Shakespeare's Dramatic Genres
Oxford University Press, 2000 - 160 Seiten
The history of genres, or kinds, of drama is one of contradictory traditions and complex cultural assumptions. The divisions established by the original edition of Mr. William Shakespeare's Comedies, Histories, and Tragedies (the First Folio, 1623) give shape to whole curricula; but, as Lawrence Danson reminds us in this lively book, there is nothing inevitable, and much unsatisfying, about that tripartite scheme. Yet students of Shakespeare cannot avoid thinking about questions of genre; often they are the unspoken reason why classrooms full of smart people fail to agree on basic interpretive issues. Danson's guide to the kinds of Shakespearean drama provides an accessible account of genre-theory in Shakespeare's day, an overview of the genres on the Elizabethan stage, and a provocative look at the full range of Shakespeare's comedies, histories, and tragedies.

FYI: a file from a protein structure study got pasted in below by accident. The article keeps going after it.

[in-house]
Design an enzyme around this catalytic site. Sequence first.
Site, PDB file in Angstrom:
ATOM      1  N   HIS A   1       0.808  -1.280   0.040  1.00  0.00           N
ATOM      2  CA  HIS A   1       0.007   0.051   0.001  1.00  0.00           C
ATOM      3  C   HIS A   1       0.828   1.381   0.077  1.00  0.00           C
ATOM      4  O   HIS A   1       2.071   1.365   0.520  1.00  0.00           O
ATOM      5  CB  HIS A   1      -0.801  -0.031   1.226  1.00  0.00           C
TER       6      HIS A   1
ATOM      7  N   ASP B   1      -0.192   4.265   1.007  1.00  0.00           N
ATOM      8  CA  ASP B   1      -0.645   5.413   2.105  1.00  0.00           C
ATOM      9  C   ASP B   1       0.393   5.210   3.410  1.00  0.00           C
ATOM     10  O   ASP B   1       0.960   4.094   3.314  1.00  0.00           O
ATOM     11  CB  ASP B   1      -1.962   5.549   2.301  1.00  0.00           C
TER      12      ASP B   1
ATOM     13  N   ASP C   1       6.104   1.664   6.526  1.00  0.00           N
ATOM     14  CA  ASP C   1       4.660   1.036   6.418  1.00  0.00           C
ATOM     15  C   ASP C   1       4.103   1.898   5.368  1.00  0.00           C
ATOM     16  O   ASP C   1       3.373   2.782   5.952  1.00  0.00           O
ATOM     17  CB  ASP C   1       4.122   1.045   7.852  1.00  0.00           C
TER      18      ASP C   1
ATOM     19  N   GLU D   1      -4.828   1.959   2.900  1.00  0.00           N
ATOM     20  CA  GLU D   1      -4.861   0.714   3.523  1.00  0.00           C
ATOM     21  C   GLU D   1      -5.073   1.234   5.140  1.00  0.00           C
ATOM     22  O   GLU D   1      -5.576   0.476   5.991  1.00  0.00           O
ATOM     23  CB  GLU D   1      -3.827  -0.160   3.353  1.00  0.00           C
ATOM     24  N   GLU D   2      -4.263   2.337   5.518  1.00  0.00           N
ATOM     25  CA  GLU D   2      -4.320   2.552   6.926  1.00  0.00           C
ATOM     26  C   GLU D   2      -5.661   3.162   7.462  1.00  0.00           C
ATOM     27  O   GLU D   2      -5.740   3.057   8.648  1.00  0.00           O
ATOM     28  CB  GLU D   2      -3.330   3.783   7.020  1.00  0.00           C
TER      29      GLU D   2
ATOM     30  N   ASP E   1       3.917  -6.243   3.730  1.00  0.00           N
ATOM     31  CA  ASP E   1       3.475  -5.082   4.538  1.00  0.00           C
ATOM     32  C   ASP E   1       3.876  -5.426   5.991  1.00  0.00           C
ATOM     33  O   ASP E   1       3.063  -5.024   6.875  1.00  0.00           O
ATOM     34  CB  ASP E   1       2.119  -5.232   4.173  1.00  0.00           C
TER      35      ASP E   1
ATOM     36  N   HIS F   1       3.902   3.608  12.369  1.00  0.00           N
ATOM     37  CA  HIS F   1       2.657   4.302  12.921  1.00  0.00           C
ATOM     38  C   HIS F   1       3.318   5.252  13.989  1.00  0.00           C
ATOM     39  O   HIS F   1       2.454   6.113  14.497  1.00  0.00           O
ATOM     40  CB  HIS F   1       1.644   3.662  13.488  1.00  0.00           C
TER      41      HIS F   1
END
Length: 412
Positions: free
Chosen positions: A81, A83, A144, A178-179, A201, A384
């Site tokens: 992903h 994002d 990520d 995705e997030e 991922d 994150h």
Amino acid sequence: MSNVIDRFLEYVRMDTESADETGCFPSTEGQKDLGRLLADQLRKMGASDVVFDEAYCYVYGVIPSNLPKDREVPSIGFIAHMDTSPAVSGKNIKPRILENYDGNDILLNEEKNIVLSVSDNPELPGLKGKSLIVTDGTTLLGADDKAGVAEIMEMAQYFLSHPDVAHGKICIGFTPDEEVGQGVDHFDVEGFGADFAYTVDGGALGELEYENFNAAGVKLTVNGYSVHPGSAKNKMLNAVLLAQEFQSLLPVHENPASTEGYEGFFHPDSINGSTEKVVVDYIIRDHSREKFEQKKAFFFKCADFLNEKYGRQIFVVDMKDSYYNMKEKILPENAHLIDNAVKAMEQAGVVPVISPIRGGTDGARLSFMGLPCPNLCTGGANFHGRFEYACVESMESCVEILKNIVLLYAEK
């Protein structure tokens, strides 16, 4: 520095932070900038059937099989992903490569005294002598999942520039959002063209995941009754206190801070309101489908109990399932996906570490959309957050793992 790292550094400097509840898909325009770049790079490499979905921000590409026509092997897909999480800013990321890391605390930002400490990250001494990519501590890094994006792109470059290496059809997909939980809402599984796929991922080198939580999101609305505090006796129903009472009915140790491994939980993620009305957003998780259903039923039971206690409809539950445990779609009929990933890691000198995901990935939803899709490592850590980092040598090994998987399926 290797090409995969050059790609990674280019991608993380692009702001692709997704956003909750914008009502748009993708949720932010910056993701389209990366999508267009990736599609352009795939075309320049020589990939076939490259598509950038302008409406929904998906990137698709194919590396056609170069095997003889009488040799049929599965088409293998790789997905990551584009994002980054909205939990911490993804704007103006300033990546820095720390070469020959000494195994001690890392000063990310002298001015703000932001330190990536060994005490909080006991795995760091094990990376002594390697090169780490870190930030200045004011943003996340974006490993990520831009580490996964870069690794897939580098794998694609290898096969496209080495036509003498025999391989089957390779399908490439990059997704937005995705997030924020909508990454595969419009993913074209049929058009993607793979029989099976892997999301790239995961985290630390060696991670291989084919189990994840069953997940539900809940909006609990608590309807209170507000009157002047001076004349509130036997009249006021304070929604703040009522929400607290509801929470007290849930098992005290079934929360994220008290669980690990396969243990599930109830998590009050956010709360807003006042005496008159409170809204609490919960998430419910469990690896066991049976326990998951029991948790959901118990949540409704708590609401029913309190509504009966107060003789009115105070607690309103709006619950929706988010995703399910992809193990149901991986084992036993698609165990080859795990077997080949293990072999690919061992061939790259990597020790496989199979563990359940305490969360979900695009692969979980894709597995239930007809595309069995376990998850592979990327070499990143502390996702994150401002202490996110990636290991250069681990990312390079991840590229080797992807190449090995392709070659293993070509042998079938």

Was andere dazu sagen - Rezension schreiben
Es wurden keine Rezensionen gefunden.
action appear Aristotle audience authority become beginning called chapter characters claim comedy comes comic contemporaries conventions create Cressida critics crown dead death desire distinction dramatic effect Elizabeth Elizabethan English fact Falstaff father figure final Folio genre gives Hamlet happens happy Henry hero history plays Holinshed idea individual instance John Jonson keep kind King Lear language later less literally live London look lovers Macbeth marriage matter means Measure mind moral murder nature never Night Othello person Plautus play's playwrights plot political possibilities Press problem produce question reason recognize response revenge rhetoric Richard romances rules scene seems sense Shake Shakespeare Shakespearian social sources speak stage stand story succession Tale tells theory things thou tragedy tragic turn Twelfth whole writing written York young